I had a long interesting interview to-day with Monsignor Cheretti, Archbishop of Corinth, who is now at Paris as the representative of the Vatican to the Peace Conference. I discussed with him a number of questions relating to affairs in Ireland. I explained to him fully the present political situation in Ireland, and informed him of the overwhelming nature of the demand of the Irish people for recognition of the Republic. He seemed to be fairly well informed on Irish affairs, and I must say was most sympathetic; but I found that his information required to be brought up to date on a number of points. I brought to his notice the question of the more or less unfavorable treatment of the Irish demand by some of the Italian newspapers reputed to be in more or less close touch with the Vatican. He admitted that the papers to which I referred may not have been in the past as favorable in their comments as might be wished by us, but he declared that this was most certainly due to want of proper information. He said that this matter had several times been brought to his notice by Dr. O'Hagan, and that he had endeavoured to use what little influence he possessed to set it right. He promised me that he would in future use his good offices to secure that these newspapers which by the way he said were not to be looked upon as in any way official mouthpieces of the Holy See, would be informed as to the correct attitude to be adopted by them on the Irish Question. I discussed at length with him the attitude of the Irish Hierarchy in general towards the Irish demand, and informed him that the Irish Hierarchy were at one with the people in desiring absolute Independence, and that if there was any difference of opinion amongst them, the difference in almost all cases was only a question of the means to that end. He mentioned, as I expected he would, the strong views held by Cardinal Logue, and reminded me that the Cardinal's views carried great weight with the Holy See. I pointed out to him the fact that the vast majority of the Hierarchy were opposed to the Cardinal's views on this matter, and said to him that I thought this should carry great weight with the Vatican Authorities, especially in view of the fact of the Cardinal's great age, and of his well-known conservative views. Archbishop Cheretti assured me that he personally was in the fullest sympathy with Ireland's desire for Self-Determination, and that he could not see how this could logically be denied to the Irish people. He knew Ireland's history; he knew what the Catholic Church owed to Ireland, and he also had had the advantage of spending long periods in both the United States and Australia, and he knew what the feelings of the Irish in both these countries were. He said I might rest fully assured that as far as he could he would use his good offices to secure that the influence of English propaganda should not prevail against us so far as the Holy See was concerned. He told me that enormous influence of every kind had been used to try to induce the Vatican to interfere on the side of the enemy in the Conscription campaign in Ireland last year, and he said he was glad to be able to assure me that these efforts had been unavailing. I also availed of this opportunity to discuss the case of Father O'Flanagan. I reminded His Excellency of the disgraceful way in which Father O'Flanagan had been treated because of the fact that he stood up for the rights and liberties of the people of Ireland. I pointed out to him that the action of Father O'Flanagan in Cavan had been later fully justified by the united Hierarchy themselves when they passed their resolutions against the right of the English Government to conscript our people. I also pointed out to him that if Father O'Flanagan had been guilty of the most heinous offence he could not possibly have been treated worse than he was by his Bishop. I suggested that his shameful treatment was due to and purely only to the political bias of his Bishop and of Cardinal Logue, and I suggested to him with all respect that this treatment ought not to be allowed to continue. I told him that I knew that the Archbishop of the diocese had intervened and had made an effort to settle the matter; that Dr. Gilmartin had suggested terms which Father O'Flanagan agreed to accept, but that though the Archbishop of the Province was fully satisfied, that these terms would meet the case, the Bishop of Father O'Flanagan's diocese would not accept them. I asked that this persecution should end. His Excellency pointed out to me that this was a matter between Father O'Flanagan and his Ordinary, and as such it was very difficult for him or any other outsider to intervene. He said it was a most delicate matter, but that he would think about it. Before leaving the subject I made him acquainted with the strong views of the Irish people on the matter and said that it would be a great blessing if he could see his way to intervene and bring about an early settlement.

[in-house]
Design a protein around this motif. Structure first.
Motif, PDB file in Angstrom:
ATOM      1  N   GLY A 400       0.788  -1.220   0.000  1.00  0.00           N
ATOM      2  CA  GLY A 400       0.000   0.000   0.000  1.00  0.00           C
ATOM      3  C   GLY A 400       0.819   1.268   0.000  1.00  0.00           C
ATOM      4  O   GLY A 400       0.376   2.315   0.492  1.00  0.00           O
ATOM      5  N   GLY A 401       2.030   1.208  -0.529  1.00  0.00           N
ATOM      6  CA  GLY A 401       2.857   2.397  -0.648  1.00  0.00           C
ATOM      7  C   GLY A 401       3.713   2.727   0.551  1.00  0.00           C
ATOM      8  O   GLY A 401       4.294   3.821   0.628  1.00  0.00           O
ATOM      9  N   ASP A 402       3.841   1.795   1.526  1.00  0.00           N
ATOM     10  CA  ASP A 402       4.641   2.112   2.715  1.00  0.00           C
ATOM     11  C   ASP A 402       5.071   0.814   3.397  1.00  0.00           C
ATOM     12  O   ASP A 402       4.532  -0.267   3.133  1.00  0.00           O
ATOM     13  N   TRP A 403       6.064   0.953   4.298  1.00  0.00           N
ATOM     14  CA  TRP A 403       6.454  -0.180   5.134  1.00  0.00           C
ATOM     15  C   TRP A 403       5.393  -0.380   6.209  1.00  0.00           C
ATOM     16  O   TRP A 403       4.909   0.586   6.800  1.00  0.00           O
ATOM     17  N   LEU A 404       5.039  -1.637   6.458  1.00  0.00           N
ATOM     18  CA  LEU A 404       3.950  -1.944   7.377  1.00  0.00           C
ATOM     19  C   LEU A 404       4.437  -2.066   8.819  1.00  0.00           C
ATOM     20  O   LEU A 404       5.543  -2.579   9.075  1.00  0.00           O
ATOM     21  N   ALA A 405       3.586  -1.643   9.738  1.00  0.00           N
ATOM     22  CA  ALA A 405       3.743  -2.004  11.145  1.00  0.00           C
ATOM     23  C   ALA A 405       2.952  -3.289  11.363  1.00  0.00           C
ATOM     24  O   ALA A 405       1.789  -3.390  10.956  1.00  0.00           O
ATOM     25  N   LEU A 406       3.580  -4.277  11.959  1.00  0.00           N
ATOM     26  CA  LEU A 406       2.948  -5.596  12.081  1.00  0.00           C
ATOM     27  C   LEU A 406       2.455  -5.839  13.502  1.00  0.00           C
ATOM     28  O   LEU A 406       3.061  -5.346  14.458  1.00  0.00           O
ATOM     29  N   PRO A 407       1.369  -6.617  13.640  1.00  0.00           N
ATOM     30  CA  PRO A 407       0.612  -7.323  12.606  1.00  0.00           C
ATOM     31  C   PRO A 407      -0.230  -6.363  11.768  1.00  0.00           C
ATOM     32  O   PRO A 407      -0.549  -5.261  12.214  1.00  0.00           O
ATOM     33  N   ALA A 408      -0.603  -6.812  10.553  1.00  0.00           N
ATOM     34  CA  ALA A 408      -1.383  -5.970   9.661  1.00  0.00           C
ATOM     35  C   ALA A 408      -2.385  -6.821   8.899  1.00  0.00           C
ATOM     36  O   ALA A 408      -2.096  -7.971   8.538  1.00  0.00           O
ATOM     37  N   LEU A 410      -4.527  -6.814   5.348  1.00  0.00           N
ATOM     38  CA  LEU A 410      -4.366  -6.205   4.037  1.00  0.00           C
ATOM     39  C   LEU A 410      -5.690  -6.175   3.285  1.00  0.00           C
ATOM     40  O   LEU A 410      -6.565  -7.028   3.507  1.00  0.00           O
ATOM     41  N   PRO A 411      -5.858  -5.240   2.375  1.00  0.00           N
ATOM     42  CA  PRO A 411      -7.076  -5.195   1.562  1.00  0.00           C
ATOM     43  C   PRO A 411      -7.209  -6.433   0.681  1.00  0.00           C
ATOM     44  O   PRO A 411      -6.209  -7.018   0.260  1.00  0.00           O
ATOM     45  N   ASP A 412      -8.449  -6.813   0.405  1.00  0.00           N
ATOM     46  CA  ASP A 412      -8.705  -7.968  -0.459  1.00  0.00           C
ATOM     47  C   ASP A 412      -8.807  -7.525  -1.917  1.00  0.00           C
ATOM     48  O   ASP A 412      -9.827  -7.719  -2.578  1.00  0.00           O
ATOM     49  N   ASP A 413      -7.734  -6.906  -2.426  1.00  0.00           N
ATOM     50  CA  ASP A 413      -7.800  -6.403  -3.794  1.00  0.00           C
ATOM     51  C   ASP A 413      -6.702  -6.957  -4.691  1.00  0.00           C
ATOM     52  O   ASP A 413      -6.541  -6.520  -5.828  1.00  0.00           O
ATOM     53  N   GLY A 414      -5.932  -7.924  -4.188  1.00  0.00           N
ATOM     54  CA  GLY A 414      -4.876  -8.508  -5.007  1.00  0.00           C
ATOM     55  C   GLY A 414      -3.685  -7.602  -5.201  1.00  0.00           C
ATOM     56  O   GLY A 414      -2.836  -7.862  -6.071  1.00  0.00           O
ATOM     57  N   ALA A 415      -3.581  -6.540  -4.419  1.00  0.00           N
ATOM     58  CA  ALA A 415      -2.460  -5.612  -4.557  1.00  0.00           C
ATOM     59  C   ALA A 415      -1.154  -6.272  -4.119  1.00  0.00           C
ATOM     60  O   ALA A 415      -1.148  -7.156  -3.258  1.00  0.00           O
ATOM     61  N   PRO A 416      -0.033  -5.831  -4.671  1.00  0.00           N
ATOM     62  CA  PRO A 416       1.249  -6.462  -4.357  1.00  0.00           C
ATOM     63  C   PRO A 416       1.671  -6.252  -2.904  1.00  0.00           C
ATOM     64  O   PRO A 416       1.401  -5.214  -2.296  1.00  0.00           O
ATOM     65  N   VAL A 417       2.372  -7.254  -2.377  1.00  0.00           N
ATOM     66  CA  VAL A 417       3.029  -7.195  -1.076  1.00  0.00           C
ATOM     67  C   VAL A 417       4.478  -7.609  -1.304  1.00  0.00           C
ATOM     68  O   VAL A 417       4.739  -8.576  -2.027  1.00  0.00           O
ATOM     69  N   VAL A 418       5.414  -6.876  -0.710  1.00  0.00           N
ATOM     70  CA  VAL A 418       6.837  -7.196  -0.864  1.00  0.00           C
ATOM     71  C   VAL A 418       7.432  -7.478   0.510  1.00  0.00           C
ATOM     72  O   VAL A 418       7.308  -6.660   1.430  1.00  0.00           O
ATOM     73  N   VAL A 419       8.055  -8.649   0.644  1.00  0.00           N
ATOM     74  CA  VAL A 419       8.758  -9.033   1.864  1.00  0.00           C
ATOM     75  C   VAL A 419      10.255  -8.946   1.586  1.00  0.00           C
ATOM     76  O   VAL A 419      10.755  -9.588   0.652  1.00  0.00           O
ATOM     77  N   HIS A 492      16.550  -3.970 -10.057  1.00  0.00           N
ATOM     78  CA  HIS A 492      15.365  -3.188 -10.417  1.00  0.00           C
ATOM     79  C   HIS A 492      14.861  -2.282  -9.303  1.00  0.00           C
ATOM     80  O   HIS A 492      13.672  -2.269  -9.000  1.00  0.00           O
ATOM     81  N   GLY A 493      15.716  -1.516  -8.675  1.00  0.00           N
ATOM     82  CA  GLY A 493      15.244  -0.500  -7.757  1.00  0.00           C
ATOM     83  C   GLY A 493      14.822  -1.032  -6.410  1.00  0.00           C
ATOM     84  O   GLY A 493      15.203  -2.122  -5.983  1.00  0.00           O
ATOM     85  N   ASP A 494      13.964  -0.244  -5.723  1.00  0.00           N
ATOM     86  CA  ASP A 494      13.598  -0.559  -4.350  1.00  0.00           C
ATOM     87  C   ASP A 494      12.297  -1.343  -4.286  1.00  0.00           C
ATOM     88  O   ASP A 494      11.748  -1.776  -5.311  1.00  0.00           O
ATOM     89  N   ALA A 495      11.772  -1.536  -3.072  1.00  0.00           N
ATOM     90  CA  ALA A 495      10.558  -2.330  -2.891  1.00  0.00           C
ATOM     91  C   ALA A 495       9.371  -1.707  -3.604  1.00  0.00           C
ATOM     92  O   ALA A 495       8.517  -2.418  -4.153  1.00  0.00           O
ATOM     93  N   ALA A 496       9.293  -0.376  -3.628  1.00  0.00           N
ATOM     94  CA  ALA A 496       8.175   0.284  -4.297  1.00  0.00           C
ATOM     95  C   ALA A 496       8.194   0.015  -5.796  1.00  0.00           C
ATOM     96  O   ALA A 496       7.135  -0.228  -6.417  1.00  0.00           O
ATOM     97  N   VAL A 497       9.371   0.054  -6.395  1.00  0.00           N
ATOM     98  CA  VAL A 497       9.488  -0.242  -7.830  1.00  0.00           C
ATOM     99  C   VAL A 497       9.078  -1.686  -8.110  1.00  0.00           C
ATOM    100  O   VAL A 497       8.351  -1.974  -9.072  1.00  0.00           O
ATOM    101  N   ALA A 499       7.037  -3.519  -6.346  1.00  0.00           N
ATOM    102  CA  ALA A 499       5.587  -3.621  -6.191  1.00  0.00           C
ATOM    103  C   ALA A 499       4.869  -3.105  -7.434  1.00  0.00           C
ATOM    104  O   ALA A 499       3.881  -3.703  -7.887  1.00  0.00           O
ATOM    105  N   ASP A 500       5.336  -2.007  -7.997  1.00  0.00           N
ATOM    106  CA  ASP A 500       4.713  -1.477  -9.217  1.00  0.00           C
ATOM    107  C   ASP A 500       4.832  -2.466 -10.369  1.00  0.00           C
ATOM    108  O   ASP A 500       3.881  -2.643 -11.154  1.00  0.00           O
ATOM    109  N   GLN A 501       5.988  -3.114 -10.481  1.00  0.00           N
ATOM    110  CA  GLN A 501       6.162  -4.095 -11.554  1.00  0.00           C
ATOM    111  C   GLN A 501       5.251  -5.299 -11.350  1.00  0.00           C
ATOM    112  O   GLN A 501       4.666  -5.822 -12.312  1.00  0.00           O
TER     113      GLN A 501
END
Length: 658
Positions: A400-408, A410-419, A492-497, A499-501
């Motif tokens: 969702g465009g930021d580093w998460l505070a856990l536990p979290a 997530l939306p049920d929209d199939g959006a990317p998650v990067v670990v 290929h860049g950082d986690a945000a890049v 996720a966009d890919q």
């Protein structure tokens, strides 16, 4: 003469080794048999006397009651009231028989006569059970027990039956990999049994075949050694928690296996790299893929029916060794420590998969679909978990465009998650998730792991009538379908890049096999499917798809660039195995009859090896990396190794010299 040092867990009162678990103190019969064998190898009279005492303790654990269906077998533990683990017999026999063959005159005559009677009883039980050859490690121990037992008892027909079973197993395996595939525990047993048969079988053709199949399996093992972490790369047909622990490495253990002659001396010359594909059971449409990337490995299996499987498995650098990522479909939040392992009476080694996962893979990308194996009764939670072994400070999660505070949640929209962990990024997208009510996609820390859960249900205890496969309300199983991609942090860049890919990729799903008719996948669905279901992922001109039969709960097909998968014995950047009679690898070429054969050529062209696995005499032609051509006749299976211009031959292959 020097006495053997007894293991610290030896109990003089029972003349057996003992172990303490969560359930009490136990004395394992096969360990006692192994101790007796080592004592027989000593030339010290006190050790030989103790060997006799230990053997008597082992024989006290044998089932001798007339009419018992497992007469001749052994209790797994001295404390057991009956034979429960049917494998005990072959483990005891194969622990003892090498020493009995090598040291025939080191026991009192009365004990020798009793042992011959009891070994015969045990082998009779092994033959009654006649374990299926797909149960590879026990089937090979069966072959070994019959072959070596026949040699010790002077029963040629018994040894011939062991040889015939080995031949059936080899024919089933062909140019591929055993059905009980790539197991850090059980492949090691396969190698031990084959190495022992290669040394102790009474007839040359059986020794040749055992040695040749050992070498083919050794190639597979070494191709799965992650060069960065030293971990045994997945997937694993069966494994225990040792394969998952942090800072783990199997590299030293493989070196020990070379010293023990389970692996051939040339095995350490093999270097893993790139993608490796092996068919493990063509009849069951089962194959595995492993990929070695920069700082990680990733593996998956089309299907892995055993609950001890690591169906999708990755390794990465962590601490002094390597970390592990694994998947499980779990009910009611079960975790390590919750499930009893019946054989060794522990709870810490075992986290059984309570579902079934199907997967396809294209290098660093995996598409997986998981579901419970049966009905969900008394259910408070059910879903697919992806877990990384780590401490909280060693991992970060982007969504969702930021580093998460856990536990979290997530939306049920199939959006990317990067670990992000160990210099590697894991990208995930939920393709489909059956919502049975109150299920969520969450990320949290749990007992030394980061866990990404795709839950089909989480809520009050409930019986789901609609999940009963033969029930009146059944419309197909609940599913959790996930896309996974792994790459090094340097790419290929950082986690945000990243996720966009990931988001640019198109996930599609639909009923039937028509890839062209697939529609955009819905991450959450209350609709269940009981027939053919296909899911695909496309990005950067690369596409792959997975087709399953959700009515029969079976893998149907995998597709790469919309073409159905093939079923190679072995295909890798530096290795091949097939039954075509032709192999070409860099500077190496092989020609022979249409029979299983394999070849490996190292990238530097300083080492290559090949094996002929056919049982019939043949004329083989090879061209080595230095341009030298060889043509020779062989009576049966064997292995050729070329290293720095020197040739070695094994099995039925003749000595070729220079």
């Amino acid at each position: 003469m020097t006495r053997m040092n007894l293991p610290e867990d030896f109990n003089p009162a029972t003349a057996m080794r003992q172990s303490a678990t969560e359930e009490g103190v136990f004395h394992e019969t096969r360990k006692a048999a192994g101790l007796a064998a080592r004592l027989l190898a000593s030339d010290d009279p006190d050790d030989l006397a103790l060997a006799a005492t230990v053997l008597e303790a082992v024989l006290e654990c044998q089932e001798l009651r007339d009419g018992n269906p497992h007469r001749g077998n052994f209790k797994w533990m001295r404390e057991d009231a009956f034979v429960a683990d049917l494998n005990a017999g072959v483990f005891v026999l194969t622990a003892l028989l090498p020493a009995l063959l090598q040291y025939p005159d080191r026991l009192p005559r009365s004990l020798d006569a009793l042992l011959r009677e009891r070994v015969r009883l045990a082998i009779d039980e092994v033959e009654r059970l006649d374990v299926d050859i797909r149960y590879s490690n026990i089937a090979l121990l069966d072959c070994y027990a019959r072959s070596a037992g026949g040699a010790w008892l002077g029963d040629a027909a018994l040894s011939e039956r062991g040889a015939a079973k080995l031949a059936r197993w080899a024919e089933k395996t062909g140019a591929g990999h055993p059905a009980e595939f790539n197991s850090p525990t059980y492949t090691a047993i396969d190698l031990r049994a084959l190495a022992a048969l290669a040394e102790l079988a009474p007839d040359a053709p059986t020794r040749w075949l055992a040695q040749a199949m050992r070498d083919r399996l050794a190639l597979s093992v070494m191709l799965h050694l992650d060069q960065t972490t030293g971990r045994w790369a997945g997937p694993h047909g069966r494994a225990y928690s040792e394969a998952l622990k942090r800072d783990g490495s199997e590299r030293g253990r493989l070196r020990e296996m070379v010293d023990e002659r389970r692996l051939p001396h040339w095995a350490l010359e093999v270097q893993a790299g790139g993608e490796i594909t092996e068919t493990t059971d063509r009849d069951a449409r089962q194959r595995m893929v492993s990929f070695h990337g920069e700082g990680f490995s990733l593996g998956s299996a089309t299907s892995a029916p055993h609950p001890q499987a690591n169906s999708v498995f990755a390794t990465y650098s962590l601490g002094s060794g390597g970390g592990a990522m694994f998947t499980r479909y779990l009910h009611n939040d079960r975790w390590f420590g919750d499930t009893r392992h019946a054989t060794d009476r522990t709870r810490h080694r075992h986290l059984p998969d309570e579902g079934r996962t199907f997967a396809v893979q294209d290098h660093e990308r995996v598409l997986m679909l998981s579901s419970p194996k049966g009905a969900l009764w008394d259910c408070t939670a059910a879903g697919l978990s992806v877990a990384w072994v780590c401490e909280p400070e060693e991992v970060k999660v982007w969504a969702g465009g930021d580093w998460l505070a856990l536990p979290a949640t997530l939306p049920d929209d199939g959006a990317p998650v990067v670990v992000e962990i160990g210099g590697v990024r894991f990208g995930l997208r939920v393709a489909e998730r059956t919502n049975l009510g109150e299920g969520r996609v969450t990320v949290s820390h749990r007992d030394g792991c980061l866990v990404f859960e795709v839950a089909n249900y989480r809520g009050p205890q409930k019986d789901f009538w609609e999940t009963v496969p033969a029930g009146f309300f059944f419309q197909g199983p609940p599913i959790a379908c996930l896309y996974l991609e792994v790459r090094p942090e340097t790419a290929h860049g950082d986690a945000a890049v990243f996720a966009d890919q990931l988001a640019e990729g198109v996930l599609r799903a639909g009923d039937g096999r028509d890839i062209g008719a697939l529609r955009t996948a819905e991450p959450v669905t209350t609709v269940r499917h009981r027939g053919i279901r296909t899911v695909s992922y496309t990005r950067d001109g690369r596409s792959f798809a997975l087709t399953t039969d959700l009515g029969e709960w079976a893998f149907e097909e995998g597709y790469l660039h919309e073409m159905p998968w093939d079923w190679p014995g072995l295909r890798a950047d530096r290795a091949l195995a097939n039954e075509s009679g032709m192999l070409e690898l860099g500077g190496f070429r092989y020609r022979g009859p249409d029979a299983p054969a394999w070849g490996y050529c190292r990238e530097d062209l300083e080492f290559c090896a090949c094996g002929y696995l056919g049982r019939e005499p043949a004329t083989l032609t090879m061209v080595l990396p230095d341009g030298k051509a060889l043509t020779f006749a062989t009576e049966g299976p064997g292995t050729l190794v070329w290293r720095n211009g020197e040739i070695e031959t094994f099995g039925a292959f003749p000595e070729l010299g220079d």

I raised the question of the reported appointment by the Vatican of a special legation in London, and pointed out to His Excellency the possible effects of such action in Ireland, and emphasized the fact that it was more than likely that such an appointment, if made, would be used to the detriment of the political aspirations of the Irish people and would not rebound to the interests of the Church. His Excellency assured me that there was absolutely no foundation whatsoever for the report that such an appointment is to be made.
I think I have covered all the points I wanted to mention, but would like to assure you that whatever action we took in regard to the working arrangement with the Egyptians and South Africans was taken with full knowledge of the relative strength of our case. I do not expect much to come from our consultations with either of these people. We can be of much more service to them than they can be to us. We were glad to be able to offer them helpful advice and suggestions and to assure them in the name of our Government of our cordial support and sympathy in their fight. We have at all events laid the foundations of a working arrangement with them which may help them and us in the future and which if it doesn't give us much material help or support, may be of advantage from a moral standpoint.
With every assurance of kindest regards to yourself, and all our friends,
Do buan chara
Seán T. O'Ceallaigh
The Royal Irish Academy's Documents on Irish Foreign Policy series has published an eBook of confidential correspondence on the 1921 Anglo-Irish Treaty negotiations.